The Oxford comma, also known as the Harvard comma or the serial comma, is the name given to the stylistic comma that precedes the final word or phrase in a list before ‘and’ or ‘or’. For example:
Captain America, Black Widow, Hawkeye, and Hulk are members of the Avengers.
Here, the Oxford comma highlights that Hulk, despite being the last listed member of the Avengers, does in fact have the same status as his fellow superheroes because he is connected to each of them and the group as a whole in exactly the same way. If we remove the Oxford comma, this sense of parallelism is reduced. This reduction, however, is arguably only negligible, which is why, stylistically speaking, you might be so bold as to say that its inclusion in the first place is an unnecessary indulgence.
So, with this in mind, we must surely ask the awkward question: do we really need the Oxford comma? American rock band Vampire Weekend would argue not, but perhaps consider the two examples below before you pass judgement. Here’s the first, from Great Expectations, by Charles Dickens:
She seemed much older than I, of course, being a girl, and beautiful and self-possessed; and she was as scornful of me as if she had been one-and-twenty, and a queen.
In the quote above, the young narrator Pip gives us his first impressions of Estella Havisham. He has been taken over to the decaying mansion where she lives, called Satis House, so that he can play with her. Pip, a poor orphan, looked after by his sister and her blacksmith husband, immediately feels an unsettling sense of his own inferiority. He notes that Estella is beautiful, but scornful – and it’s her scorn that he dwells upon. The Oxford comma amplifies Estella’s disdain for Pip by making the division between her perceived maturity and haughty disposition clear: we are encouraged to consider each characteristic on its own merit. Estella behaves as if she is twenty-one and a queen, and not simply a twenty-one year old queen. It’s a subtle distinction, but I’d argue that it’s an important one nonetheless.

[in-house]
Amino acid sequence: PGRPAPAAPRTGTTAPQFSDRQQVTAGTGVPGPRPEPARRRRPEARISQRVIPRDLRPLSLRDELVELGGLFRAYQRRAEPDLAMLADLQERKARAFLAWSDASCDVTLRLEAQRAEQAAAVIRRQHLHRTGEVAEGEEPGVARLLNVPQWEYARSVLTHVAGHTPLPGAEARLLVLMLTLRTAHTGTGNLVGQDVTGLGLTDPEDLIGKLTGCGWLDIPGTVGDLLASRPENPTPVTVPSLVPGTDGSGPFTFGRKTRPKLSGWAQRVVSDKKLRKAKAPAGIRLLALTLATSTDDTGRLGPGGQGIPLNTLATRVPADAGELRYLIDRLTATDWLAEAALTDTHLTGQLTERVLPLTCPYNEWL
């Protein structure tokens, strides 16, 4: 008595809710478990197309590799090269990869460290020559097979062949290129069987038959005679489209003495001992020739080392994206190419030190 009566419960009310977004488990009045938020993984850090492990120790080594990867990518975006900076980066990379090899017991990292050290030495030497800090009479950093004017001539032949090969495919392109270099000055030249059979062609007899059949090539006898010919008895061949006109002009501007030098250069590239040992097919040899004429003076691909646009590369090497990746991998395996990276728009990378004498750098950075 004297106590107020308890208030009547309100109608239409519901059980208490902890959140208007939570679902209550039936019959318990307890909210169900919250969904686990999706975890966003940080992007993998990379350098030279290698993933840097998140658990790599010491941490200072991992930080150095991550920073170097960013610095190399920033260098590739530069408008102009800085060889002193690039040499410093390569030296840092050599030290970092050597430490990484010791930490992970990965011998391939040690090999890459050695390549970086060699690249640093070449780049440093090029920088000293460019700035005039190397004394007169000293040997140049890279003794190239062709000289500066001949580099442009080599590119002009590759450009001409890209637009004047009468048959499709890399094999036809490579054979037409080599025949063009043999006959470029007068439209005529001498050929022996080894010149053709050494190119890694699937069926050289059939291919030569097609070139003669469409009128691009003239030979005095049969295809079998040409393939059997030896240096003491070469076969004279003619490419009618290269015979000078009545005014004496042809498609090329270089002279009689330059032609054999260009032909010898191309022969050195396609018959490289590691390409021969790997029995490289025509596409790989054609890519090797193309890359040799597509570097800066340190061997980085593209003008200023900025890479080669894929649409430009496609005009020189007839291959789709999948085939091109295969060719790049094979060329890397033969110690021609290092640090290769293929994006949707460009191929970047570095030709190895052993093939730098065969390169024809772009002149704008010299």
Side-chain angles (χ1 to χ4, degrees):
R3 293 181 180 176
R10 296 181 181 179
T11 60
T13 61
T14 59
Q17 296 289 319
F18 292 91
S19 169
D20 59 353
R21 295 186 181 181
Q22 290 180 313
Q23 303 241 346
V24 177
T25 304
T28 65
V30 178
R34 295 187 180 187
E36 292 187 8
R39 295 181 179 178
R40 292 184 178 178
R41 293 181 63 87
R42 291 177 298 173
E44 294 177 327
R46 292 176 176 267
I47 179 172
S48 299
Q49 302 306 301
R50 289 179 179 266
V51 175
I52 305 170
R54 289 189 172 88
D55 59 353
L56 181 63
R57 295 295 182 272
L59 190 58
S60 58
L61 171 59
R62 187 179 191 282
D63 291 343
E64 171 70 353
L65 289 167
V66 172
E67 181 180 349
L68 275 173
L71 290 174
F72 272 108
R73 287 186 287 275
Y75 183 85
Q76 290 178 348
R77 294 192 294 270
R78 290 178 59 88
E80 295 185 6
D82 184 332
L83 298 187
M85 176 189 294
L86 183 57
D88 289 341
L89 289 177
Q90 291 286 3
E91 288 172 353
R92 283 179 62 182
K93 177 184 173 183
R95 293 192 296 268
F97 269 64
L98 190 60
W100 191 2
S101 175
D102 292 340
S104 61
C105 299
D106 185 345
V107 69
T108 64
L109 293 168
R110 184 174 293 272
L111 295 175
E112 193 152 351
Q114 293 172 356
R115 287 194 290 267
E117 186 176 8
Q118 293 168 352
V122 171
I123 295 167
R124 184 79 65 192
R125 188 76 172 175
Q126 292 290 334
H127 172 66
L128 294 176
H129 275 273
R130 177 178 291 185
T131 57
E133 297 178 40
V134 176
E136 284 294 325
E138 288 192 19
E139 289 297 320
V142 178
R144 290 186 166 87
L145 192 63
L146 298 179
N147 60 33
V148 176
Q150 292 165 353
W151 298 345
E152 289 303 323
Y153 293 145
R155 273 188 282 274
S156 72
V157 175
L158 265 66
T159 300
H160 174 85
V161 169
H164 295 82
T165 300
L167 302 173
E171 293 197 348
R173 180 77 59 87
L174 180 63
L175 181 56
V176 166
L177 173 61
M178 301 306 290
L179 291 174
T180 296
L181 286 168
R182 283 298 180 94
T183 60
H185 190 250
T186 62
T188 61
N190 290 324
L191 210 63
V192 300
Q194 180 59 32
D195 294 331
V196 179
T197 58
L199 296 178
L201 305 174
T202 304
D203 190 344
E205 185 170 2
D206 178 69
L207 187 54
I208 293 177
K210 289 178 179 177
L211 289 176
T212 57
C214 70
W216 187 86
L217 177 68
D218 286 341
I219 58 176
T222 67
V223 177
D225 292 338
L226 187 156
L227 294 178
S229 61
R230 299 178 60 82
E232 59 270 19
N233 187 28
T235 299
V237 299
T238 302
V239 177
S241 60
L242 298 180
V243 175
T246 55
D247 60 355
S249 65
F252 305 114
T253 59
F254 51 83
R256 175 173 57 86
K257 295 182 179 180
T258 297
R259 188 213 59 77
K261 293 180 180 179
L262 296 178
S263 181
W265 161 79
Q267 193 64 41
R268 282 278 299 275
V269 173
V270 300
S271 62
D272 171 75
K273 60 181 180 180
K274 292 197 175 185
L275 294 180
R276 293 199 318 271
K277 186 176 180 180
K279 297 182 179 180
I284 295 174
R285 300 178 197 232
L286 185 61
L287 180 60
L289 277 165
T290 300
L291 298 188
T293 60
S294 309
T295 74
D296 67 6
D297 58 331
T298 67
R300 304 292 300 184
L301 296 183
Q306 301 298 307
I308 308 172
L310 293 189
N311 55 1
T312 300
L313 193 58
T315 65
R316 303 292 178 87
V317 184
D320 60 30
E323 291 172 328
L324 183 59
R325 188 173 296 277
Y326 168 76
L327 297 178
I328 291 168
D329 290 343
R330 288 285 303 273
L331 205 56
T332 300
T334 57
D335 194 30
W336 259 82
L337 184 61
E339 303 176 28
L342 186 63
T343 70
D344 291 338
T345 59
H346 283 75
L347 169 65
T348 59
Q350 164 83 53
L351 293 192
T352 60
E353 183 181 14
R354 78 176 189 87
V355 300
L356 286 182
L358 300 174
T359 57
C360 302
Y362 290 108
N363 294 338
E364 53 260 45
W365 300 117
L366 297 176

Here’s the second example, this time from The Strange Case of Dr. Jekyll and Mr. Hyde, by Robert Louis Stevenson:
Right in the middle there lay the body of a man sorely contorted and still twitching. They drew near on tiptoe, turned it on its back, and beheld the face of Edward Hyde.
In the novel, the outwardly respectable Dr. Henry Jekyll is able to metamorphose into the depraved and disinhibited Edward Hyde by consuming a specially concocted potion. Hyde is a thoroughly despicable individual: he is ruled by the basest, most primitive of instincts; he embodies the very worst aspects of humanity. He is, in short, a proper rotter. In the quote above, Jekyll’s butler, Poole, and his good friend, a lawyer named Utterson, have broken into his laboratory. However, upon entry, they are confronted with a most disturbing and unexpected sight: the grotesque, emaciated body of a man who isn’t their dear friend Jekyll. They are unable, initially at least, to identify the mysterious figure. Their momentary confusion, leading all the way up to the final recognition of Hyde’s grotesque face, is intensified by the segmentation and following pause generated by the Oxford comma at the end of the sentence. Dramatic stuff.
More next week… In the meantime though, why not click on the links below? The first one will take you to an article all about the origins of the Oxford comma; the second will take you to a general information page about commas.
TL;DR: The Oxford comma is the stylistic comma that precedes the final word or phrase in a list.